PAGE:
MEMPHIS, Tenn. – Flesh eating bacteria near the coast is making rounds in nationwide headlines, and in Memphis man is one of the few victims to die from.
Cheryl Wiygul said: "This is why last week, while her parents were visiting on the Gulf Coast, they did it all, posting on Facebook Bay and swimming in Boggy Bayou.
She writes her father had cancer, and his immune system had been compromised. She'd seen the warnings about open wounds in the Gulf waters and heard about flesh-eating bacteria, so they were extra careful to use Neosporin and liquid band Aids [Thetermflesh-eatingbacteriaisaconglomerationofseveraltypesofinfections"DrSteveThrelkeldaninfectiousdiseasespecialistatBaptistHospitalsaid"TheclassiconeisGroupAstrepandcausesstrepthroatHedidn'ttreatWiygul'sfatherbutunfortunatelythat'swhereherfatherendedupabout24hoursaftergettingoutofthewater
A black spot can be seen on his back, and his daughter said it was called Necrotizing Fasciitis, or that flesh-eating bacteria, which was soon after his death.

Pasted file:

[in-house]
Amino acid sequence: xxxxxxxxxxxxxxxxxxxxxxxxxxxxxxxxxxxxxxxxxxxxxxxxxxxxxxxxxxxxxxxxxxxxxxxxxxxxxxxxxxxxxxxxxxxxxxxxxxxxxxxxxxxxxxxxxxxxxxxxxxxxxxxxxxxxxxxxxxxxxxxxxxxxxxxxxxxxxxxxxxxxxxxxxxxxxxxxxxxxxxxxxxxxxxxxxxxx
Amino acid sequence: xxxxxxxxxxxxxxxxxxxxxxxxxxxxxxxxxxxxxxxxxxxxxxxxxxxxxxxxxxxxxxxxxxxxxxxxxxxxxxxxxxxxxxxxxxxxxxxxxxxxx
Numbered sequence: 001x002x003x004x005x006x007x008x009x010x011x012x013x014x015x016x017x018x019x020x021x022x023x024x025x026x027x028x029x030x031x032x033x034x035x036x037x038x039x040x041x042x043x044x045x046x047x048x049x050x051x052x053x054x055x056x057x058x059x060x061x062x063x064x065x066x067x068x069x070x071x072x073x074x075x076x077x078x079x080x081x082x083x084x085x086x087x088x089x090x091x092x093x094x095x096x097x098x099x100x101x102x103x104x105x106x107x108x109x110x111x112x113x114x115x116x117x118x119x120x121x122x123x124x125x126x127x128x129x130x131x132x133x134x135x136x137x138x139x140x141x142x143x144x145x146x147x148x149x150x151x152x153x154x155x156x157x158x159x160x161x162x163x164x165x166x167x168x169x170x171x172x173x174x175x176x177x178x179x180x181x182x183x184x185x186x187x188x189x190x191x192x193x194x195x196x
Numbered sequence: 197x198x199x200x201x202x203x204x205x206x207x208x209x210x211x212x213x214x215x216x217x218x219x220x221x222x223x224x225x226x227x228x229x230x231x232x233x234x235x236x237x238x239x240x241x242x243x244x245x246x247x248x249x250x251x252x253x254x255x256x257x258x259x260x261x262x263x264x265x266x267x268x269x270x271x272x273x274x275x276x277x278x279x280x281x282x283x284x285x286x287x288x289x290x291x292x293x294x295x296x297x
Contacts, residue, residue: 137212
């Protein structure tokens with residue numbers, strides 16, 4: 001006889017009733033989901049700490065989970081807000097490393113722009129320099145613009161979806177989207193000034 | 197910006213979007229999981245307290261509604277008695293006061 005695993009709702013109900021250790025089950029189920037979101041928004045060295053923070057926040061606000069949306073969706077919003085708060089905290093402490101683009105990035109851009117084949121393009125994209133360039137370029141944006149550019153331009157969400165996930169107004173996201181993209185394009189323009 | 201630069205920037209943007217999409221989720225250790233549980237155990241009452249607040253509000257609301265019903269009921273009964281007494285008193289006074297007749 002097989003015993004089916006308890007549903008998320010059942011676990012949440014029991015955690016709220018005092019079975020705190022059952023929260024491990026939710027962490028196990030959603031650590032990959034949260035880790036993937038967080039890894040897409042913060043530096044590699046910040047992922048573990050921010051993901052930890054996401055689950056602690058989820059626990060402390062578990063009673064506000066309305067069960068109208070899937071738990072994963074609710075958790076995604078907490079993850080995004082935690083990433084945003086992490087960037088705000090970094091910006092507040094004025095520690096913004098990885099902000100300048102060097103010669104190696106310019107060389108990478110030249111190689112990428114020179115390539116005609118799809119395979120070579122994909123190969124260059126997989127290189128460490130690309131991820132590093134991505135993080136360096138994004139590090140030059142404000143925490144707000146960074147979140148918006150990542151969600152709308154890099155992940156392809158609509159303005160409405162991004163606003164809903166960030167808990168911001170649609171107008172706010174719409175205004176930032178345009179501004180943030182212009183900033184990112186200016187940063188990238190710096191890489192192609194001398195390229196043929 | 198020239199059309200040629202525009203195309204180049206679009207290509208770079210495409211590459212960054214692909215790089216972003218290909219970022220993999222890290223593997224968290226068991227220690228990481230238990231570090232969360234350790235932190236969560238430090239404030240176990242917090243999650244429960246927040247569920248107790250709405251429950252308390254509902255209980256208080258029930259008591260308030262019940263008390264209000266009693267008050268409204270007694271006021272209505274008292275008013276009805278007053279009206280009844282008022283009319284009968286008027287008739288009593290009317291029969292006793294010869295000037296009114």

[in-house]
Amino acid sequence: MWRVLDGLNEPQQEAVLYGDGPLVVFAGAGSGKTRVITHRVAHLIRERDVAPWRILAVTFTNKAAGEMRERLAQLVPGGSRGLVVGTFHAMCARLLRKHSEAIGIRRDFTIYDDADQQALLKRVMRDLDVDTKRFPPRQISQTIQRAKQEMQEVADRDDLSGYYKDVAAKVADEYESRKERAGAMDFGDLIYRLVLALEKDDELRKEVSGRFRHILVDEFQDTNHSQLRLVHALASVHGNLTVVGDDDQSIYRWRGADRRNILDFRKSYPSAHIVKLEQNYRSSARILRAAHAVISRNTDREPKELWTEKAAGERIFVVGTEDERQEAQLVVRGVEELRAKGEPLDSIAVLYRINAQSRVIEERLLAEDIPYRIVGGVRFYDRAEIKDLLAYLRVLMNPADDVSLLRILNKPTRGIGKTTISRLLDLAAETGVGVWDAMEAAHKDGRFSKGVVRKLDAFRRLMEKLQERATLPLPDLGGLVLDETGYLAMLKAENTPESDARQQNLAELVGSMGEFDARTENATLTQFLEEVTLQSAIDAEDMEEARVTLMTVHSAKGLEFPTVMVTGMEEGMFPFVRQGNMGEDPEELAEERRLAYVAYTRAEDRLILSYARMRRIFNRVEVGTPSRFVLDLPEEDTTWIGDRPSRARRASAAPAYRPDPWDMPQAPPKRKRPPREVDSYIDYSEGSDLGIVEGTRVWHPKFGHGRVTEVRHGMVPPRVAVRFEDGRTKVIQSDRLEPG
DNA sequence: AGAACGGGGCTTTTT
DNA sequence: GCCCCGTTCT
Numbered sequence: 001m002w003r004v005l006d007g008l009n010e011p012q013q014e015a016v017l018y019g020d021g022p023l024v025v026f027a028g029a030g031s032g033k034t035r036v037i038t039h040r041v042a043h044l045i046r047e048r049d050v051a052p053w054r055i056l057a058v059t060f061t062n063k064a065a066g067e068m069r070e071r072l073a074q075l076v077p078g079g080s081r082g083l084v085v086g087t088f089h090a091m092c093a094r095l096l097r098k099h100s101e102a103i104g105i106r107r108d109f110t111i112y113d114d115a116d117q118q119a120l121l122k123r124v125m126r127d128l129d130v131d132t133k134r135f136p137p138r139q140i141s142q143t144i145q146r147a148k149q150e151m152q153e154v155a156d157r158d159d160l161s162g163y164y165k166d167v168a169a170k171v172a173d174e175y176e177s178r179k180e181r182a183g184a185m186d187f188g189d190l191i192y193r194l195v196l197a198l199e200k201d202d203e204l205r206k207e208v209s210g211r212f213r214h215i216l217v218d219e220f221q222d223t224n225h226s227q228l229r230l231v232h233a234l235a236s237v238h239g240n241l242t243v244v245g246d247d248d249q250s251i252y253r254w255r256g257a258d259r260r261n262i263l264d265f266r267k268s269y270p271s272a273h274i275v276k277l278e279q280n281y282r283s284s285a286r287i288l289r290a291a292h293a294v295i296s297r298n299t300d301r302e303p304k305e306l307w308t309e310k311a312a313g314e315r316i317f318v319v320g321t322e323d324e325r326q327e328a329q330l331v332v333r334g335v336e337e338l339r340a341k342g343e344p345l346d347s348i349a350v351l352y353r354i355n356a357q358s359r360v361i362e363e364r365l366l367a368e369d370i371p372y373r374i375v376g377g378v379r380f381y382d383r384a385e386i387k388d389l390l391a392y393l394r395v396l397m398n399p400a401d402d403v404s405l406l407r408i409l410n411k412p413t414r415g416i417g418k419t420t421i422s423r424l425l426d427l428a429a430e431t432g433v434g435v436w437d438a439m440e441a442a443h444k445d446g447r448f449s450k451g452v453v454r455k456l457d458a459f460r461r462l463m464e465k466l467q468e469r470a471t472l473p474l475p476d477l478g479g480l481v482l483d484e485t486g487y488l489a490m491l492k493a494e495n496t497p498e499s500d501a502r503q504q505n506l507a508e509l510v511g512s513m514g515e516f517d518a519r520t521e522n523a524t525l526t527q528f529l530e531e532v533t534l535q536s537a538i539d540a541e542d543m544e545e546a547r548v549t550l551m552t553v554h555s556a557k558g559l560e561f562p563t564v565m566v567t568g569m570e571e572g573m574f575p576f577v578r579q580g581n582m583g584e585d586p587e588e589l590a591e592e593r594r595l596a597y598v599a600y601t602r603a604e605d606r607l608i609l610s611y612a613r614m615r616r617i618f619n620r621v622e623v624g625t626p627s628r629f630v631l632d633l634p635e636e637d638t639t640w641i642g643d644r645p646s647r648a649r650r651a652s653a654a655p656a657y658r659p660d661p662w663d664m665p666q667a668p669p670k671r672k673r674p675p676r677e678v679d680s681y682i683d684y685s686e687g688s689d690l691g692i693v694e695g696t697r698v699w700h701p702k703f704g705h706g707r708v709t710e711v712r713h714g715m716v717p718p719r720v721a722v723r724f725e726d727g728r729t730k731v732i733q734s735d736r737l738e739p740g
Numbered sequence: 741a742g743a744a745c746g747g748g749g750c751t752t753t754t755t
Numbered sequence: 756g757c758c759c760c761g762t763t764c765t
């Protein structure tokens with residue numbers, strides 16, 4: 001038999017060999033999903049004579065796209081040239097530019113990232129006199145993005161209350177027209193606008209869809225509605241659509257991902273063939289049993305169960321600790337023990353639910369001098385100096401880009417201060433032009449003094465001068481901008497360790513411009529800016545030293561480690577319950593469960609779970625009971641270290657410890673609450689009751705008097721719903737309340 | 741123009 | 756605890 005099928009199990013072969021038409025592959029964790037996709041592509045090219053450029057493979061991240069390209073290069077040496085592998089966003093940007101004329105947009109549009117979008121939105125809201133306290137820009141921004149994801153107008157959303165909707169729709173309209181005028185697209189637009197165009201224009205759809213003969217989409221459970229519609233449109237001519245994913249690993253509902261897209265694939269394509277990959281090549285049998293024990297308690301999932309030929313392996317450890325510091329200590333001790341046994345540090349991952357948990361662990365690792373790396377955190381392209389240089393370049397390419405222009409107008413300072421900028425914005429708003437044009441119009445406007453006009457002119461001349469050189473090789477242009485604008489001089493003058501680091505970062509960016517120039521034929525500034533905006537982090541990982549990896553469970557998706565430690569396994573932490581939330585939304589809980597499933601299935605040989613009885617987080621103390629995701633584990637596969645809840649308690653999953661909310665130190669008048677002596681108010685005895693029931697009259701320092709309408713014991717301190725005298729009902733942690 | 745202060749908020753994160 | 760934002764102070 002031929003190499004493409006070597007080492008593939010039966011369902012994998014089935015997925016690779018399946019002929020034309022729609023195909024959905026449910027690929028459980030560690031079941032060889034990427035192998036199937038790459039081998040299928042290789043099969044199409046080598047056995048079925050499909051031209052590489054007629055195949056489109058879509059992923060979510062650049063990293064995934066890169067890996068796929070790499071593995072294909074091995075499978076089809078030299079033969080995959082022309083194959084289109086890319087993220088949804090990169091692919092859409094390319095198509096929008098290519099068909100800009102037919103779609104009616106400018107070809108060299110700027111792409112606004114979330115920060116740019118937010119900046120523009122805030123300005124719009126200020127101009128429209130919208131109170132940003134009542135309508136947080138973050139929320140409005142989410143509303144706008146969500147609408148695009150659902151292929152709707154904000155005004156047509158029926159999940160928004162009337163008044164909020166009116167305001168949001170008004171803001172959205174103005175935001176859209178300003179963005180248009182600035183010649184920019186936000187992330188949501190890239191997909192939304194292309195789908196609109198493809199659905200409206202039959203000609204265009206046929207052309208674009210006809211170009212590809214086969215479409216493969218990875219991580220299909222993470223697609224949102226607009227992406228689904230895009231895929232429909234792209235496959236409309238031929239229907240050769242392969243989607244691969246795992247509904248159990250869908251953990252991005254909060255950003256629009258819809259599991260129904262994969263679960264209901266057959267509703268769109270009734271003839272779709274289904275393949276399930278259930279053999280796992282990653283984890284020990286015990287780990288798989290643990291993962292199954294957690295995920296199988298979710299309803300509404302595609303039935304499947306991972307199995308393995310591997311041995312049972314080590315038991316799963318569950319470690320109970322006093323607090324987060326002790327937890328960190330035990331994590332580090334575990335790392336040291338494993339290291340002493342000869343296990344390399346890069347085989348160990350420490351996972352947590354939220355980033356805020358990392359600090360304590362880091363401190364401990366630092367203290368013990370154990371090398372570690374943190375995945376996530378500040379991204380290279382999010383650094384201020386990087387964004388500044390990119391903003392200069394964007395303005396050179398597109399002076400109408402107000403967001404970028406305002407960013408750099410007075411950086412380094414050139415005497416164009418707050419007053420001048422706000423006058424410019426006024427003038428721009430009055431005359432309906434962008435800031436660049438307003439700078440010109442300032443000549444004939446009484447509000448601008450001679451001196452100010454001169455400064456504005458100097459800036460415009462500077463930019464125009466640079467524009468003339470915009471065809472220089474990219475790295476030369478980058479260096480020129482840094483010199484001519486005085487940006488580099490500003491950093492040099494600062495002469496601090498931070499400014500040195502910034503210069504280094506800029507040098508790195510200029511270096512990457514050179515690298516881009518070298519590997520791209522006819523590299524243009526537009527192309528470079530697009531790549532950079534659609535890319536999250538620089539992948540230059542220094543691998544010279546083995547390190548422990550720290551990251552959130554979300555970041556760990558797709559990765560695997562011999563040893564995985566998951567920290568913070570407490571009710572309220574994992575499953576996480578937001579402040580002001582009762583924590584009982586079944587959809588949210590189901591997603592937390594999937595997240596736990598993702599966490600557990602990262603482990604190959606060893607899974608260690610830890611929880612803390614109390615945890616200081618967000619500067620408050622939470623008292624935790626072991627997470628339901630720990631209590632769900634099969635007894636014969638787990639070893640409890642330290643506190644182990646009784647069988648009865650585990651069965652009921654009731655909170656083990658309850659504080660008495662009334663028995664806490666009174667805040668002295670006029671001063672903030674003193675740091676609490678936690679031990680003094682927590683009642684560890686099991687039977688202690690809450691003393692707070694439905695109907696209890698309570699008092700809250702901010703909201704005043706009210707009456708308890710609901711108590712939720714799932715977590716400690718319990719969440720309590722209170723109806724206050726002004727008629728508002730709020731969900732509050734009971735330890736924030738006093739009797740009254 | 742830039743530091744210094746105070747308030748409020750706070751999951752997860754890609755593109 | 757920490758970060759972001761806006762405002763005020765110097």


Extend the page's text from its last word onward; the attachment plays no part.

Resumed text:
immune systems were just as vulnerable as those who have open wounds.
"If you're going to go to the beach, don't swim in the water if you're significantly immune-suppressed, high-dose immune suppressants like "Threlkeld said.
Threlkeld said this bacteria is much more likely to live in warm waters like in the Gulf, and you can also catch it from eating raw seafood.
Wiygul said she'd like to see more wa rning signage and beach towns promoting awareness. or tropical system – anytime the water is extra warm. He does not know if there have been more cases of flesh-eating bacteria this year than before. He said recent cases have just happened all around the same time.